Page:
Peter Whitehead was back racing his privately owned Ferrari, being the only Ferrari to start the race since the works cars were pulled out by Enzo Ferrari, since he believed they were too uncompetitive.
A couple of weeks after the Belgian Grand Prix, the field regrouped once agait the Reims-Gueux street course for the French Grand Prix. Following his win in Belgium, Juan Manuel Fangio had closed to within five points of championship leader, Giuseppe Farina. However Luigi Fagioli still held second place in the championship, the third Alfa Romeo driver had not been as quick as his younger teammates, however the old veteran had maintained better consistency than his two faster teammates and remained second in the standings, despite not taking any wins.
The Ferrari 275 had not had the impression on closing the gap to Alfa Romeo that Ferrari would have liked. Villoresi in the old 125 began to feel the age of the car when he finished two laps adrift of the Alfa's in Belgium. Ascari who had driven the new 275, struggled to find balance in the new car, his disappointing fifth place had all but ruined his chances for the championship. However Ferrari were convinced that once the 275 had outgrown its teething troubles it would be a challenge to the Alfa Romeo superiority. Ascari and Villoresi would both be competing in the new cars with their old 125's on hand as reserves. However there was doubt their new Ferrari V12 engine could compete with the powerful supercharged Alfa Romeo on the long straights that made up the Reims street circuit. Peter Whitehead would once again be back in his private Ferrari 125, the British privateer had failed to start a race this season due to serious engine troubles plaguing him in Monaco and Switzerland.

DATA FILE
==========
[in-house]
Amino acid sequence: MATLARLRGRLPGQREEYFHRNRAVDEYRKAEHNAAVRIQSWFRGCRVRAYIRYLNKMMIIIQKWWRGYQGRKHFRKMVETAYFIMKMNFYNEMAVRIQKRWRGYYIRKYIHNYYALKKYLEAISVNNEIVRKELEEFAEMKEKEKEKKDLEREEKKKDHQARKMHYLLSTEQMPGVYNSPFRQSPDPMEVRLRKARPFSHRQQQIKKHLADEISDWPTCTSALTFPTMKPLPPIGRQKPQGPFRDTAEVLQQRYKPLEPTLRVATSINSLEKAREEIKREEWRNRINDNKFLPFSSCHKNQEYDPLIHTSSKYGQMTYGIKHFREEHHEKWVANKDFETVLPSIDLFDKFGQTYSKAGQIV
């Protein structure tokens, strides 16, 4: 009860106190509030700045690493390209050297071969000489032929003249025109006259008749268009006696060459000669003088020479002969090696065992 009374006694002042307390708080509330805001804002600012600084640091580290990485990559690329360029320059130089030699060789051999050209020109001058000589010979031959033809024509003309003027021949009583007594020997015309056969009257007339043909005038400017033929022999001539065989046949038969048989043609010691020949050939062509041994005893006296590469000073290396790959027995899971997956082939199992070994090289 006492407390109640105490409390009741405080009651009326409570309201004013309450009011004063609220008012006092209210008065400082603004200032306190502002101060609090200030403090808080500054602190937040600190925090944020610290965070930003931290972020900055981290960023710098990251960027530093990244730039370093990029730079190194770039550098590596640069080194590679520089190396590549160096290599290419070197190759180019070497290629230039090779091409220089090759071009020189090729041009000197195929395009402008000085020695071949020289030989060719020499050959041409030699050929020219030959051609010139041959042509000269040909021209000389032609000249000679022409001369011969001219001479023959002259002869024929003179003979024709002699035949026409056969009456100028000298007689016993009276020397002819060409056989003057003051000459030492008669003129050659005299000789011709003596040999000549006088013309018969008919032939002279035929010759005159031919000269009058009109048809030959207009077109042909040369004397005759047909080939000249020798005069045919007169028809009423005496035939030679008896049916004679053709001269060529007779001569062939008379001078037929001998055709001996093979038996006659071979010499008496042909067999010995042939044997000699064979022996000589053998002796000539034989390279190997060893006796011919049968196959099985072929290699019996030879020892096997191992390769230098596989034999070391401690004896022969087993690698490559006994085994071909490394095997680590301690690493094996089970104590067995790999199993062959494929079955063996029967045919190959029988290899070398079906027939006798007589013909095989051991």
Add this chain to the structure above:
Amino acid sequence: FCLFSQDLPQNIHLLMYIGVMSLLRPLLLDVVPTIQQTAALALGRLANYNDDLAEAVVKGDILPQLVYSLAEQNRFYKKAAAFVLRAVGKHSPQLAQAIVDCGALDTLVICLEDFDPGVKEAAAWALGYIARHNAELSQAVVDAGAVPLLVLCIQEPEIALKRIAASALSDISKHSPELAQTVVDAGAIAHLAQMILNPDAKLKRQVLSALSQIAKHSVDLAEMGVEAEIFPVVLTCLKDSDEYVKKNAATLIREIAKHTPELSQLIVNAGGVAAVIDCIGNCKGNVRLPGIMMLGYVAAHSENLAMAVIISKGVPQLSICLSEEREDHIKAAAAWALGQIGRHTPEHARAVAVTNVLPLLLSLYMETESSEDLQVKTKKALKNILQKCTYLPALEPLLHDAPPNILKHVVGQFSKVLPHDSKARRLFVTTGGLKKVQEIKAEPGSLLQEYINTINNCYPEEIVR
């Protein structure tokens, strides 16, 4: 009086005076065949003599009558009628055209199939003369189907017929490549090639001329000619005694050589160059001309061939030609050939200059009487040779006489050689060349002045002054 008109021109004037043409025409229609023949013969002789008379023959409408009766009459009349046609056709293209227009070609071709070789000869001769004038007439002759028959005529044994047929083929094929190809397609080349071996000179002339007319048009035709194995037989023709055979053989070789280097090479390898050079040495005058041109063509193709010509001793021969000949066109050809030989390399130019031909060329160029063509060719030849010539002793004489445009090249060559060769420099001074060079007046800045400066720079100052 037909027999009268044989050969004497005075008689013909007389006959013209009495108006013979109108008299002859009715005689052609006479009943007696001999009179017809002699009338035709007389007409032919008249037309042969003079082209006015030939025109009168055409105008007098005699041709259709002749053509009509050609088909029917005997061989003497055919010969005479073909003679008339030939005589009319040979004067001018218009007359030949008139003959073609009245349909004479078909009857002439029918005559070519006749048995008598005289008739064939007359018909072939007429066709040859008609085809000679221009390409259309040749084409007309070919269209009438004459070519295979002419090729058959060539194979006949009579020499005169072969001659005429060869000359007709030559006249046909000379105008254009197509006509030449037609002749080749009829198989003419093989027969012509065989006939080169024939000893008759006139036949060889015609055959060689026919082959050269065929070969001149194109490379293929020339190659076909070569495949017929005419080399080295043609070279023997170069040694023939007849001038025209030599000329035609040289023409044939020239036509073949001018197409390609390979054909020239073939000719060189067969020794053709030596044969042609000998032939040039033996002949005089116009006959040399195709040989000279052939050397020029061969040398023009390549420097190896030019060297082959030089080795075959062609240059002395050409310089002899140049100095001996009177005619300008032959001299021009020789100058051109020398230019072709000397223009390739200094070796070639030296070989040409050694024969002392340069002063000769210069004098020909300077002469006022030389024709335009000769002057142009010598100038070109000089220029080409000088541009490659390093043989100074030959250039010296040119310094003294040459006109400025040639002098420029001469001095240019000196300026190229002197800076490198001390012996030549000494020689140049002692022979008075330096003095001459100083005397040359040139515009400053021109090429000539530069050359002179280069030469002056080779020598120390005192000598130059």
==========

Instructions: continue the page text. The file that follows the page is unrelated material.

The French Grand Prix was the home territory of the Talbot-Lago team. The French manufacturer had struggled to compete with the leading Alfa Romeo's and Ferrari's, nonetheless throughout the season its drivers had provided some spirited performances, often being there to pick up a lost podium place when a front runner dropped out of the race. Representing the works squad on home territory were France's best, Yves Giraud-Cabantous, Louis Rosier and Pierre Levegh. The manufacturer also had a set of privateer racers also representing them such as Eugène Chaboud, Charles Pozzi, Johnny Claes and the old veteran, Philippe Étancelin. Perhaps France's best driver, Raymond Sommer would compete once again in minor machinery for his home grand prix after his sudden departure from Ferrari. However his showing with the Talbot-Lago in Belgium, demonstrated Sommer was still capable of fighting among the best.
Aside from the Talbot-Lago's, the little Simca-Gordini outfit were back to compete in Formula One. Their little cars were underpowered and despite being highly successful in Formula Two, their lone entrant of Robert Manzon was not expected to be competitive on the engine reliant Reims-Gueux circuit.